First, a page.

Indiana Construction Bonds
Surety Bond Professionals is a family owned and operated bonding agency with over 30 years of experience. With access to a broad range of surety markets, our expert agents are ready to assist with all of your construction bond needs.
What Are Indiana Construction Bonds?
Indiana construction bonds help ensure the integrity of the state’s construction industry and the contractors working in it. Bonded contractors are required to operate in accordance with the laws governing the industry. And when contractors commit violations that cause financial losses for project owners, construction bonds provide a way to compensate them for the financial damages.
What Indiana Construction Bonds May Be Needed?
Some commonly required construction bonds in Indiana are:
- Bid bonds
- Performance bonds
- Payment bonds
Construction bonds may be required by state and/or local contractor licensing bodies. They also may be required by public or private project owners, particularly for larger projects.
Other Indiana construction bonds that may be required include:
- Contractor license bonds
- Maintenance bonds
- Subdivision improvement bonds
- Solar decommissioning bonds
- Right of Way bonds
How Do Indiana Construction Bonds Work?
Every Indiana construction bond is a legally binding contract among three parties:
- the “obligee,” the party requiring the bond,
- the “principal,” the contractor required to purchase the bond, and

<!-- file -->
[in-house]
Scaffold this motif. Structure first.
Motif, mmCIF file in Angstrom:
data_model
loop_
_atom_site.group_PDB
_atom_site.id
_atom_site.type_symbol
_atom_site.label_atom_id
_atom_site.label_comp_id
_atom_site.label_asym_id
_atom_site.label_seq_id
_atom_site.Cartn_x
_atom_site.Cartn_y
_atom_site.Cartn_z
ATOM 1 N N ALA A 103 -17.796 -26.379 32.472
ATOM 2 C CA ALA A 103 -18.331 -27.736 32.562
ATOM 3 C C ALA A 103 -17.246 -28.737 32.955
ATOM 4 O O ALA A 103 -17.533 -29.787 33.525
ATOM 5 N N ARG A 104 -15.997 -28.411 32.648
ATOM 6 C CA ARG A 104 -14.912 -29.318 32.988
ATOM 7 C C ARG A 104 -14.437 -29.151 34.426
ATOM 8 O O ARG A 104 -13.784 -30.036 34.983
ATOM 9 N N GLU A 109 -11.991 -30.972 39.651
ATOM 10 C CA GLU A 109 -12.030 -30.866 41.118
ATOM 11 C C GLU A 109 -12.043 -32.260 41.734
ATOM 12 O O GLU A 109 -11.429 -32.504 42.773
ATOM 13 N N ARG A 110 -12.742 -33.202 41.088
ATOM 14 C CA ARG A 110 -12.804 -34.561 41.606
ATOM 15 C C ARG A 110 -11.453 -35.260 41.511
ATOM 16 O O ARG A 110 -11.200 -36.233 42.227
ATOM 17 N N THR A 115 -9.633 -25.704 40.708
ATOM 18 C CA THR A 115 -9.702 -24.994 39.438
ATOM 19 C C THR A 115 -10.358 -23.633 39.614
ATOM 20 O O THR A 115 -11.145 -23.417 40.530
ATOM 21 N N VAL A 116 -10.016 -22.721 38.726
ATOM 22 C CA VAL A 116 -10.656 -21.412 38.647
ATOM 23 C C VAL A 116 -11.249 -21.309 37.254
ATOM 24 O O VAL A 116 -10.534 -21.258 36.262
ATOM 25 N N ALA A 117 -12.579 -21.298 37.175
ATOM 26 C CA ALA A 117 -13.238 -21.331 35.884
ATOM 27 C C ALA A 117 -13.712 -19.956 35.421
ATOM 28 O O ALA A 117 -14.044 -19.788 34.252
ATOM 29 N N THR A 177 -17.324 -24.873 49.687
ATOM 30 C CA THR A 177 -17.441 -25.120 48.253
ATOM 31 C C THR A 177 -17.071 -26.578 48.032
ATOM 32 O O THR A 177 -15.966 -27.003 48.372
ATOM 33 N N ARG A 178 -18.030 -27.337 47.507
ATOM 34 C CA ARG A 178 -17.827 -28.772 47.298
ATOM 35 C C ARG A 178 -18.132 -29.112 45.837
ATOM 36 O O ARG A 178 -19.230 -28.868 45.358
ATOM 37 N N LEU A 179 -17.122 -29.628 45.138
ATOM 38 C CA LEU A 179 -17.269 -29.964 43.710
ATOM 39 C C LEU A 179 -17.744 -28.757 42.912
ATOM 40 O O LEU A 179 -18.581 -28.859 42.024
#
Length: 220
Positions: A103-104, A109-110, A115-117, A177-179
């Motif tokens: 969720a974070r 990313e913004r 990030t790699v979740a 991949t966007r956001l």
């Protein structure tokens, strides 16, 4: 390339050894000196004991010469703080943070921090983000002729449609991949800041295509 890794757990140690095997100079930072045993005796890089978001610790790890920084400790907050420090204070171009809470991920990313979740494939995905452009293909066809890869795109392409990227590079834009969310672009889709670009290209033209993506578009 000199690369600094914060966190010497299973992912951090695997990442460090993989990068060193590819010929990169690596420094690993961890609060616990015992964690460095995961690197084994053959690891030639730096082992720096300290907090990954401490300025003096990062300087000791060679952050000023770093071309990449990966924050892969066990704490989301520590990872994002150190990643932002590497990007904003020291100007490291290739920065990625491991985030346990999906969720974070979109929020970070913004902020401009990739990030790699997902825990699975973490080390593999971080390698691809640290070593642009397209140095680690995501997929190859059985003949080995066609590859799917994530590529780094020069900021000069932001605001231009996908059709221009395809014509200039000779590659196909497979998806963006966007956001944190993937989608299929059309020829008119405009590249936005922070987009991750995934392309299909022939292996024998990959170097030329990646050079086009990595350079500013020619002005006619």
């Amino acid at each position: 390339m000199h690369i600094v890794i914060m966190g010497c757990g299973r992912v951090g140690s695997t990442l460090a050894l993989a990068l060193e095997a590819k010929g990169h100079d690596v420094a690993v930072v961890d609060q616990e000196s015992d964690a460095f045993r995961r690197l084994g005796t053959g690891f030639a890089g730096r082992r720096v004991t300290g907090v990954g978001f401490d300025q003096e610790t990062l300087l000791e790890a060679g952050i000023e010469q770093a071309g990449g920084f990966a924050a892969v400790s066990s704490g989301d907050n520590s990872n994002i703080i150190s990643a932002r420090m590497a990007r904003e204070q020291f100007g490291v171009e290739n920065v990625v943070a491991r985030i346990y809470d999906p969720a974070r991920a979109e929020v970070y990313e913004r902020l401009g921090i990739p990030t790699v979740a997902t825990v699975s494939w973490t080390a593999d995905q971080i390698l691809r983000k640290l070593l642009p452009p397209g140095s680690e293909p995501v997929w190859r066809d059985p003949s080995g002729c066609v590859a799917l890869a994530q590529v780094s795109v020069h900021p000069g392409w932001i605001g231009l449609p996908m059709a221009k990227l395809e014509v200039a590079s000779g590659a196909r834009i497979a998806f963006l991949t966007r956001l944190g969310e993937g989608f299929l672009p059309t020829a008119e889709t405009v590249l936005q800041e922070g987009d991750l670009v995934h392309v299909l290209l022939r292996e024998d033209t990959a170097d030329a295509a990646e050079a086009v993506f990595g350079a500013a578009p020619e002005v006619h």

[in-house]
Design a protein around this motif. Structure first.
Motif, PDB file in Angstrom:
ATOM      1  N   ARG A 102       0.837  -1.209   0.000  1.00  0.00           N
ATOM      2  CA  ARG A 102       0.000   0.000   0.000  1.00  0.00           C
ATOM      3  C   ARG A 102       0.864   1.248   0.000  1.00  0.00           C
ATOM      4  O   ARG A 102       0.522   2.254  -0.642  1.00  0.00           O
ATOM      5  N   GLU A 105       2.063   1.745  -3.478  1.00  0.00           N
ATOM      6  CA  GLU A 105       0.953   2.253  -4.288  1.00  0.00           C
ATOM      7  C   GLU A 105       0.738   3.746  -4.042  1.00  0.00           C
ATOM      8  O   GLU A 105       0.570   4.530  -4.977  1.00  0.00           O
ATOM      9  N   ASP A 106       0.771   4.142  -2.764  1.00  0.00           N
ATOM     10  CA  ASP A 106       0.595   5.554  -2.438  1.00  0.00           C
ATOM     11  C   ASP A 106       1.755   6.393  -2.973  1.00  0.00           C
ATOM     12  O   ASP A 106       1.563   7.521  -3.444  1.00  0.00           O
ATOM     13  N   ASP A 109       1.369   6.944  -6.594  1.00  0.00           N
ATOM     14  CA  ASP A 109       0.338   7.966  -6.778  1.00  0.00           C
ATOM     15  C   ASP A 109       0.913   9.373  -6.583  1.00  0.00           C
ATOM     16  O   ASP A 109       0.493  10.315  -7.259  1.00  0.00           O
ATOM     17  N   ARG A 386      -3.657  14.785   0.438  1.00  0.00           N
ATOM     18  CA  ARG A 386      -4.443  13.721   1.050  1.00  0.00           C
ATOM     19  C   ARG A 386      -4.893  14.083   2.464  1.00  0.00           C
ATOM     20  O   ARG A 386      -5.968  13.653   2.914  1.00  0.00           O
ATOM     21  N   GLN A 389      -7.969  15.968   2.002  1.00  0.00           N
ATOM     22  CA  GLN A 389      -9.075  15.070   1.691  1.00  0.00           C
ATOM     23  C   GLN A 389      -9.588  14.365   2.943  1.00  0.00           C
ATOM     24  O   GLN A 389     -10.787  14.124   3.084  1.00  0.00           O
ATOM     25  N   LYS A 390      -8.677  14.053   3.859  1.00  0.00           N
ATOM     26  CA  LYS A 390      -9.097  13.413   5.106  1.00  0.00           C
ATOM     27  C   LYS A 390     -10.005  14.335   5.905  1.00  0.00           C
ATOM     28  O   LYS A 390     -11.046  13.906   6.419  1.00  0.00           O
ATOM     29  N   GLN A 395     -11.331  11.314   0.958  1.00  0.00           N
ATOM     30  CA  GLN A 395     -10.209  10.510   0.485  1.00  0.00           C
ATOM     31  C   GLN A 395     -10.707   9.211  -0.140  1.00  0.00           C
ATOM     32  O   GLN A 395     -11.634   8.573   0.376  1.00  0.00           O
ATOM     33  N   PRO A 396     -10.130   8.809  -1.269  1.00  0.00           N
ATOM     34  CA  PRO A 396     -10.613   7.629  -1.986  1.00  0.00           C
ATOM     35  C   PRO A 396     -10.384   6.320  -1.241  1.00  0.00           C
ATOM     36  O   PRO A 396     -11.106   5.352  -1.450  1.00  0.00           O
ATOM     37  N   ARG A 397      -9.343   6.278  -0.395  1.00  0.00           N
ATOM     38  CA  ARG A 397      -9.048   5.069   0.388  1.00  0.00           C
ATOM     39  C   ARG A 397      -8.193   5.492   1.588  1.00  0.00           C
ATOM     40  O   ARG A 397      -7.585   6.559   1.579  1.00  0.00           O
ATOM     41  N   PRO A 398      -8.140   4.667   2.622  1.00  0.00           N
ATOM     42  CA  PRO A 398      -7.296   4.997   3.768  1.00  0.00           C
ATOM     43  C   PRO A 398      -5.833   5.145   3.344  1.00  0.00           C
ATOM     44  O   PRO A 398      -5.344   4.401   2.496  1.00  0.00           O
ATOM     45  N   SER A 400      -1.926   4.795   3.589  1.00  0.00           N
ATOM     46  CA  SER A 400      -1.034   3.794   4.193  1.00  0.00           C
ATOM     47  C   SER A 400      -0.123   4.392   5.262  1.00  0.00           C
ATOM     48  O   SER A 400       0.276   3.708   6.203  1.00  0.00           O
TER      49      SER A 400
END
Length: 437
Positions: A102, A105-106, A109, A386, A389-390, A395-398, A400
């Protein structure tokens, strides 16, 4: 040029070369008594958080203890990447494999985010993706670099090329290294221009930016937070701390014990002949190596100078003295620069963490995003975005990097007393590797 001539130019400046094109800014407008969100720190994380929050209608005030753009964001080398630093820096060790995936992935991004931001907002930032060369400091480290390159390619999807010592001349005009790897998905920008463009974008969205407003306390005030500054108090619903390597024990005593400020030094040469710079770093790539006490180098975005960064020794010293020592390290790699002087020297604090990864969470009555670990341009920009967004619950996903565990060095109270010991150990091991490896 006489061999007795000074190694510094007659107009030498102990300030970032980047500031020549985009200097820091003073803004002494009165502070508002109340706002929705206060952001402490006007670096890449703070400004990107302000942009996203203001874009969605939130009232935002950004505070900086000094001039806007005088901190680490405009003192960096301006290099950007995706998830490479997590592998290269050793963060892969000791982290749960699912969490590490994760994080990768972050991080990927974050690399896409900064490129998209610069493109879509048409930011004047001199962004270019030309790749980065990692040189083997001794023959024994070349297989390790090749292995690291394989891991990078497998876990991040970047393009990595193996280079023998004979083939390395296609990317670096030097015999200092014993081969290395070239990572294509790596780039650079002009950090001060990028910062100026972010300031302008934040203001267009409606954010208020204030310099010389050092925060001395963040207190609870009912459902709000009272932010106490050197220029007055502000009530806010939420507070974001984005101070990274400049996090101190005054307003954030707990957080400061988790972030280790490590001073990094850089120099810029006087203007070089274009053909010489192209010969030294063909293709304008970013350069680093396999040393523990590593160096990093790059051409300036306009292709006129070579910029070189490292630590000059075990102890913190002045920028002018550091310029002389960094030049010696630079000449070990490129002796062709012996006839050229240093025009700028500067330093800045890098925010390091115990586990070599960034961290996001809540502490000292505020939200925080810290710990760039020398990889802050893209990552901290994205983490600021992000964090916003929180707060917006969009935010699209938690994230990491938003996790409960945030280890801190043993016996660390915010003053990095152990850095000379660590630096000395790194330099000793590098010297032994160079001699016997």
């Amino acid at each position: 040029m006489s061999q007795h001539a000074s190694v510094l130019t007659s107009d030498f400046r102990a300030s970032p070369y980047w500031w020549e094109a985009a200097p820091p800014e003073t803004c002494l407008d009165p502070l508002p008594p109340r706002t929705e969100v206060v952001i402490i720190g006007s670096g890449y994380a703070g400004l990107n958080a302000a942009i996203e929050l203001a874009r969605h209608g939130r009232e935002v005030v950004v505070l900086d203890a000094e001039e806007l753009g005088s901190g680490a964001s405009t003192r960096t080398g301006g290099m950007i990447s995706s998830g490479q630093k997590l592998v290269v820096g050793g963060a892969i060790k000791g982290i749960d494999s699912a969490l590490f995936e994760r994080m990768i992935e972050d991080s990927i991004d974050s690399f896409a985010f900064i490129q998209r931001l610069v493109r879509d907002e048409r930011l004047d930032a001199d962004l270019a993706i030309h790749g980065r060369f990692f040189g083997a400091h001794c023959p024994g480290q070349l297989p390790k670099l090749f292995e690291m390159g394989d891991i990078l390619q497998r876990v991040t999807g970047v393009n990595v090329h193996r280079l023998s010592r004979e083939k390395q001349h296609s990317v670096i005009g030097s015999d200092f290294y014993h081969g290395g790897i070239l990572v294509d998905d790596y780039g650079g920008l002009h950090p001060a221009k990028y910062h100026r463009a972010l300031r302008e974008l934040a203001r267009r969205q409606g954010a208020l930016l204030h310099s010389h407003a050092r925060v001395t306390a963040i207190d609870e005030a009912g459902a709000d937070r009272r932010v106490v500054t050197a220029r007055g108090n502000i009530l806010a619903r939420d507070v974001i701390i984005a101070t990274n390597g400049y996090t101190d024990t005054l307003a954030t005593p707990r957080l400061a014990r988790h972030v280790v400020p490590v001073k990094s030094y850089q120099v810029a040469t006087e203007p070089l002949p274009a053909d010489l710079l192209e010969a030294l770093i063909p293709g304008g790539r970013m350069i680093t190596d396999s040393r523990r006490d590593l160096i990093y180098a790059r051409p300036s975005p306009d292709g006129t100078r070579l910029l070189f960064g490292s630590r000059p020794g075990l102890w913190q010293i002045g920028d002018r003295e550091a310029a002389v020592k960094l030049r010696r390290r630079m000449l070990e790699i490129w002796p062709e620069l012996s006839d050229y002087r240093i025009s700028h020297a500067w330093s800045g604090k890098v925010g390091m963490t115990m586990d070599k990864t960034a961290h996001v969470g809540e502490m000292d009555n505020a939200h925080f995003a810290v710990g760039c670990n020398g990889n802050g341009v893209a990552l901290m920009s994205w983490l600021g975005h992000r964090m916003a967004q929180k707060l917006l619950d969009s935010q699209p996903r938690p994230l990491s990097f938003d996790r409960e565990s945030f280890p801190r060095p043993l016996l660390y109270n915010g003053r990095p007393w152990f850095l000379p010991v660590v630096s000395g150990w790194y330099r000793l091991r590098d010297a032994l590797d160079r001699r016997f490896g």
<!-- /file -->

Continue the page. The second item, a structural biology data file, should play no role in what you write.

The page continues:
- the “surety,” the bond’s guarantor.
The legal obligation to pay valid claims belongs to the principal alone. But as the bond’s guarantor, the surety has agreed to pay valid claims initially as an extension of credit to the principal. Paying a claim on the principal’s behalf creates a debt that the principal must then repay to the surety. The surety can sue the principal, if need be, to recover the debt.
How Much Do They Cost?
Calculating an Indiana construction bond’s annual premium cost is a simple matter of multiplying the required bond amount by the premium rate assigned to the principal by the surety through underwriting. The primary underwriting consideration is the risk of the surety not being repaid for claims paid on the principal’s behalf, which is measured based on the principal's personal credit score.
A high personal credit score is a strong indication of low risk to the surety, which earns the principal a low premium rate. A low credit score, however, is a sign of higher risk, which results in a higher premium rate.
A well-qualified principal typically will be assigned a premium rate in the range of .5% to 3%.
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